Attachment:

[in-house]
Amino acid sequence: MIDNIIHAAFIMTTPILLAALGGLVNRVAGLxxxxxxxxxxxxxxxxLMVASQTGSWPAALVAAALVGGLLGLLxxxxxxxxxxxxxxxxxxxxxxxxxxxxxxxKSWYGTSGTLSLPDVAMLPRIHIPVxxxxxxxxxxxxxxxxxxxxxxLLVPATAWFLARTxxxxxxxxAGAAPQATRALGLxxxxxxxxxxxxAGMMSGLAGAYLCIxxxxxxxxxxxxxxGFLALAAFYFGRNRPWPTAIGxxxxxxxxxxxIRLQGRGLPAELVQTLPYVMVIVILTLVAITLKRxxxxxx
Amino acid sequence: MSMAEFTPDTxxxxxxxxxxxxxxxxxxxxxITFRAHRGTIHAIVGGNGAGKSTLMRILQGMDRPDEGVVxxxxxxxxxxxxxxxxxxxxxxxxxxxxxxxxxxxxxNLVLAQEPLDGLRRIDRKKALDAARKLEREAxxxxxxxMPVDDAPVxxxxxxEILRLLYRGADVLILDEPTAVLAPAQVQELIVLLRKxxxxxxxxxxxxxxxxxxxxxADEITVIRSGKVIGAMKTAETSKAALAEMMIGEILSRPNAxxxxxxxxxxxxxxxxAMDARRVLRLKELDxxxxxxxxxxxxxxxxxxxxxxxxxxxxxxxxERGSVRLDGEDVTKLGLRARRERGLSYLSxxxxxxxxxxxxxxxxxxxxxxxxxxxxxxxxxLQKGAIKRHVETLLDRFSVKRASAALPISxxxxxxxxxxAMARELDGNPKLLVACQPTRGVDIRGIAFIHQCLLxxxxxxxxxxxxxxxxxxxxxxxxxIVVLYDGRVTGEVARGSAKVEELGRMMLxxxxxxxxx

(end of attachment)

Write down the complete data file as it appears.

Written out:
[in-house]
Amino acid sequence: MIDNIIHAAFIMTTPILLAALGGLVNRVAGLxxxxxxxxxxxxxxxxLMVASQTGSWPAALVAAALVGGLLGLLxxxxxxxxxxxxxxxxxxxxxxxxxxxxxxxKSWYGTSGTLSLPDVAMLPRIHIPVxxxxxxxxxxxxxxxxxxxxxxLLVPATAWFLARTxxxxxxxxAGAAPQATRALGLxxxxxxxxxxxxAGMMSGLAGAYLCIxxxxxxxxxxxxxxGFLALAAFYFGRNRPWPTAIGxxxxxxxxxxxIRLQGRGLPAELVQTLPYVMVIVILTLVAITLKRxxxxxx
Amino acid sequence: MSMAEFTPDTxxxxxxxxxxxxxxxxxxxxxITFRAHRGTIHAIVGGNGAGKSTLMRILQGMDRPDEGVVxxxxxxxxxxxxxxxxxxxxxxxxxxxxxxxxxxxxxNLVLAQEPLDGLRRIDRKKALDAARKLEREAxxxxxxxMPVDDAPVxxxxxxEILRLLYRGADVLILDEPTAVLAPAQVQELIVLLRKxxxxxxxxxxxxxxxxxxxxxADEITVIRSGKVIGAMKTAETSKAALAEMMIGEILSRPNAxxxxxxxxxxxxxxxxAMDARRVLRLKELDxxxxxxxxxxxxxxxxxxxxxxxxxxxxxxxxERGSVRLDGEDVTKLGLRARRERGLSYLSxxxxxxxxxxxxxxxxxxxxxxxxxxxxxxxxxLQKGAIKRHVETLLDRFSVKRASAALPISxxxxxxxxxxAMARELDGNPKLLVACQPTRGVDIRGIAFIHQCLLxxxxxxxxxxxxxxxxxxxxxxxxxIVVLYDGRVTGEVARGSAKVEELGRMMLxxxxxxxxx